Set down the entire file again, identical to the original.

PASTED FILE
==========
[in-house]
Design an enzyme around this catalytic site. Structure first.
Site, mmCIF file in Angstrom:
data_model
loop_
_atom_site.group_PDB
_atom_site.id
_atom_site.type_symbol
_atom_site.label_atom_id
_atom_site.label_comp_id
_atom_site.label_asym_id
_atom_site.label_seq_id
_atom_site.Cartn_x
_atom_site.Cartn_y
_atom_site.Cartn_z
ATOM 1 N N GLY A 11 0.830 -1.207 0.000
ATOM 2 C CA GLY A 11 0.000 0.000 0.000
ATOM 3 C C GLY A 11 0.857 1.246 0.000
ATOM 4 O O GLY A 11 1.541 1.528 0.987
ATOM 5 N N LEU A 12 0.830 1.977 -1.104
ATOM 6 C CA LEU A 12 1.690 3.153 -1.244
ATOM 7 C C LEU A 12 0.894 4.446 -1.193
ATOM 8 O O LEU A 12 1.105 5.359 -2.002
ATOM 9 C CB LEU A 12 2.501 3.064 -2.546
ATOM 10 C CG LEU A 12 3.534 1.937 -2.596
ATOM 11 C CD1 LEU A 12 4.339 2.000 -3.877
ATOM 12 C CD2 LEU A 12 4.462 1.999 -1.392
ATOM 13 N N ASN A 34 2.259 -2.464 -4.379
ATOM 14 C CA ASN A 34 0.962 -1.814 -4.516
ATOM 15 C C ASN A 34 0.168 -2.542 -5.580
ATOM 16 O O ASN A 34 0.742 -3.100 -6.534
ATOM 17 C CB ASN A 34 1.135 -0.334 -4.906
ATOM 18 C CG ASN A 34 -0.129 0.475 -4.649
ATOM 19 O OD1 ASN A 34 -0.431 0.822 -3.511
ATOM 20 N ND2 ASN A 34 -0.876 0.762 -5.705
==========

[in-house]
Design an enzyme around this catalytic site. Structure first.
Site, mmCIF file in Angstrom:
data_model
loop_
_atom_site.group_PDB
_atom_site.id
_atom_site.type_symbol
_atom_site.label_atom_id
_atom_site.label_comp_id
_atom_site.label_asym_id
_atom_site.label_seq_id
_atom_site.Cartn_x
_atom_site.Cartn_y
_atom_site.Cartn_z
ATOM 1 N N GLY A 11 0.830 -1.207 0.000
ATOM 2 C CA GLY A 11 0.000 0.000 0.000
ATOM 3 C C GLY A 11 0.857 1.246 0.000
ATOM 4 O O GLY A 11 1.541 1.528 0.987
ATOM 5 N N LEU A 12 0.830 1.977 -1.104
ATOM 6 C CA LEU A 12 1.690 3.153 -1.244
ATOM 7 C C LEU A 12 0.894 4.446 -1.193
ATOM 8 O O LEU A 12 1.105 5.359 -2.002
ATOM 9 C CB LEU A 12 2.501 3.064 -2.546
ATOM 10 C CG LEU A 12 3.534 1.937 -2.596
ATOM 11 C CD1 LEU A 12 4.339 2.000 -3.877
ATOM 12 C CD2 LEU A 12 4.462 1.999 -1.392
ATOM 13 N N ASN A 34 2.259 -2.464 -4.379
ATOM 14 C CA ASN A 34 0.962 -1.814 -4.516
ATOM 15 C C ASN A 34 0.168 -2.542 -5.580
ATOM 16 O O ASN A 34 0.742 -3.100 -6.534
ATOM 17 C CB ASN A 34 1.135 -0.334 -4.906
ATOM 18 C CG ASN A 34 -0.129 0.475 -4.649
ATOM 19 O OD1 ASN A 34 -0.431 0.822 -3.511
ATOM 20 N ND2 ASN A 34 -0.876 0.762 -5.705